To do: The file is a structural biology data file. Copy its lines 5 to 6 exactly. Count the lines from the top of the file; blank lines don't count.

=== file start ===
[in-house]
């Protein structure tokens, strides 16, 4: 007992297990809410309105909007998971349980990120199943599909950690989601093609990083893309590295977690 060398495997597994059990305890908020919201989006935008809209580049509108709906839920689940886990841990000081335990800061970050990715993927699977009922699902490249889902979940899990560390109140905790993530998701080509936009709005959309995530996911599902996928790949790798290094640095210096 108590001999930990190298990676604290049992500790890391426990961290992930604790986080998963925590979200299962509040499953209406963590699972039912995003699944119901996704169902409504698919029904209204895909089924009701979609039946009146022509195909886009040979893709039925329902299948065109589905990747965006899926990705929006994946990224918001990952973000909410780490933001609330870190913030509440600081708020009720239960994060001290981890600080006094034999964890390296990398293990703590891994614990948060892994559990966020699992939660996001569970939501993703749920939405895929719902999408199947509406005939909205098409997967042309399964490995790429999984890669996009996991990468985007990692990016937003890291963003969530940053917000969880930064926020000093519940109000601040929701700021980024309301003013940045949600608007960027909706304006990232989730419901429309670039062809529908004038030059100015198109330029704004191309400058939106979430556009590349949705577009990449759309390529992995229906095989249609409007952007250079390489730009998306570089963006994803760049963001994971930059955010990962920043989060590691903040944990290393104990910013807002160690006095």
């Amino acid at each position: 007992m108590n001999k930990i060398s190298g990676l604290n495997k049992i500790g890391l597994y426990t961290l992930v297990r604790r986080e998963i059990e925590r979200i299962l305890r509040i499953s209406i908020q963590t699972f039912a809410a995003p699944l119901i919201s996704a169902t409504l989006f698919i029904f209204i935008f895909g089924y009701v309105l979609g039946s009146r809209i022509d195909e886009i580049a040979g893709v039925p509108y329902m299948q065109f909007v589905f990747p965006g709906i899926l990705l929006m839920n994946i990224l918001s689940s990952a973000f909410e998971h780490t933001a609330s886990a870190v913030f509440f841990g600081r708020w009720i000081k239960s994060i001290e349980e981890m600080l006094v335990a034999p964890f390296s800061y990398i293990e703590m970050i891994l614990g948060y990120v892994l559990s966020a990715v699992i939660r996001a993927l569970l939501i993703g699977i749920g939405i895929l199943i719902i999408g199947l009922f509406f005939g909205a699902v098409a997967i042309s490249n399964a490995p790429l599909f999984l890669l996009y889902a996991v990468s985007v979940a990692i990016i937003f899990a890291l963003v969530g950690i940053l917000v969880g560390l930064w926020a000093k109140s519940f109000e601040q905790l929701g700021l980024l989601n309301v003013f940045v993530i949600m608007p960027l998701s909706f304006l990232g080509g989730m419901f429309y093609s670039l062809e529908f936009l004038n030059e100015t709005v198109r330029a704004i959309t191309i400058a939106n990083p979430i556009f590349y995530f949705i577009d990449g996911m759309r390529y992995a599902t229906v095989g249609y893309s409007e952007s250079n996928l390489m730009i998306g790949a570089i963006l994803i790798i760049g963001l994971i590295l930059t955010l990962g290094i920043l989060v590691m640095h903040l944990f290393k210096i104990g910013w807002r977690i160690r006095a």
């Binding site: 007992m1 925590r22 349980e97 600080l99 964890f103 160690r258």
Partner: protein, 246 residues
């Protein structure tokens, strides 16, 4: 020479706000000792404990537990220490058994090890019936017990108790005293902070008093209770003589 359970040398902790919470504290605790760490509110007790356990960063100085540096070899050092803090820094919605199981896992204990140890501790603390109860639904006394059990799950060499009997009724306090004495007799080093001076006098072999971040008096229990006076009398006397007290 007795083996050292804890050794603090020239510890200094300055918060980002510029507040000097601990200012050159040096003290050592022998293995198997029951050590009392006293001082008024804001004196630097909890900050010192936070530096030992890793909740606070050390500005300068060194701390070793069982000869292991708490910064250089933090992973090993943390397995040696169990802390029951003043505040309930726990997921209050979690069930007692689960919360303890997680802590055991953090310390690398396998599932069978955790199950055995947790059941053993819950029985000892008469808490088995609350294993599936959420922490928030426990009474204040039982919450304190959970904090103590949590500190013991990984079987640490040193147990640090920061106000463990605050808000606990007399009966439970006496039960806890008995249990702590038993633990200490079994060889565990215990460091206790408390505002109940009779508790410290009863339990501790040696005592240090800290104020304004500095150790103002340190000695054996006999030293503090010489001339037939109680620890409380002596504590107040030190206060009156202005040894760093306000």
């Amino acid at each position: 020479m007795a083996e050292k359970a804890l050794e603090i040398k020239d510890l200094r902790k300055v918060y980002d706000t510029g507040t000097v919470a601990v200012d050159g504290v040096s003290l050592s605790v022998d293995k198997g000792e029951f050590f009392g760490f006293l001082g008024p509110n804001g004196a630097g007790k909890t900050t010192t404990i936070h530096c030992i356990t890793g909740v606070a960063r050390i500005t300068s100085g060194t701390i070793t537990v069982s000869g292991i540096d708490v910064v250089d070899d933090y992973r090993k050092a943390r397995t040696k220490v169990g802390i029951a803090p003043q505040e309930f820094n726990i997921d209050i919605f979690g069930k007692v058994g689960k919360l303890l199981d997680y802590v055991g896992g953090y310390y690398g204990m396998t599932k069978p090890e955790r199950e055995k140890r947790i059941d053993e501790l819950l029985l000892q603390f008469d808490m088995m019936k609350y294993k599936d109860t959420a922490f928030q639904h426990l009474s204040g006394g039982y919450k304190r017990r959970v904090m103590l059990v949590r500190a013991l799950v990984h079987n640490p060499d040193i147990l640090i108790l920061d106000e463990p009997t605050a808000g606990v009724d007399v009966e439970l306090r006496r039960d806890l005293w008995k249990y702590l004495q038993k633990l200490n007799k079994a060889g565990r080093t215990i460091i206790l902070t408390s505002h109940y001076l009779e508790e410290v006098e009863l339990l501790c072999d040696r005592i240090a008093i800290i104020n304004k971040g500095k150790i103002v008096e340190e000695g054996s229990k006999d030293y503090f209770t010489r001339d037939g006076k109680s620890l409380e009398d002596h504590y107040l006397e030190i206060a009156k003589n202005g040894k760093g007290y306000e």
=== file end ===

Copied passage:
Partner: protein, 246 residues
């Protein structure tokens, strides 16, 4: 020479706000000792404990537990220490058994090890019936017990108790005293902070008093209770003589 359970040398902790919470504290605790760490509110007790356990960063100085540096070899050092803090820094919605199981896992204990140890501790603390109860639904006394059990799950060499009997009724306090004495007799080093001076006098072999971040008096229990006076009398006397007290 007795083996050292804890050794603090020239510890200094300055918060980002510029507040000097601990200012050159040096003290050592022998293995198997029951050590009392006293001082008024804001004196630097909890900050010192936070530096030992890793909740606070050390500005300068060194701390070793069982000869292991708490910064250089933090992973090993943390397995040696169990802390029951003043505040309930726990997921209050979690069930007692689960919360303890997680802590055991953090310390690398396998599932069978955790199950055995947790059941053993819950029985000892008469808490088995609350294993599936959420922490928030426990009474204040039982919450304190959970904090103590949590500190013991990984079987640490040193147990640090920061106000463990605050808000606990007399009966439970006496039960806890008995249990702590038993633990200490079994060889565990215990460091206790408390505002109940009779508790410290009863339990501790040696005592240090800290104020304004500095150790103002340190000695054996006999030293503090010489001339037939109680620890409380002596504590107040030190206060009156202005040894760093306000």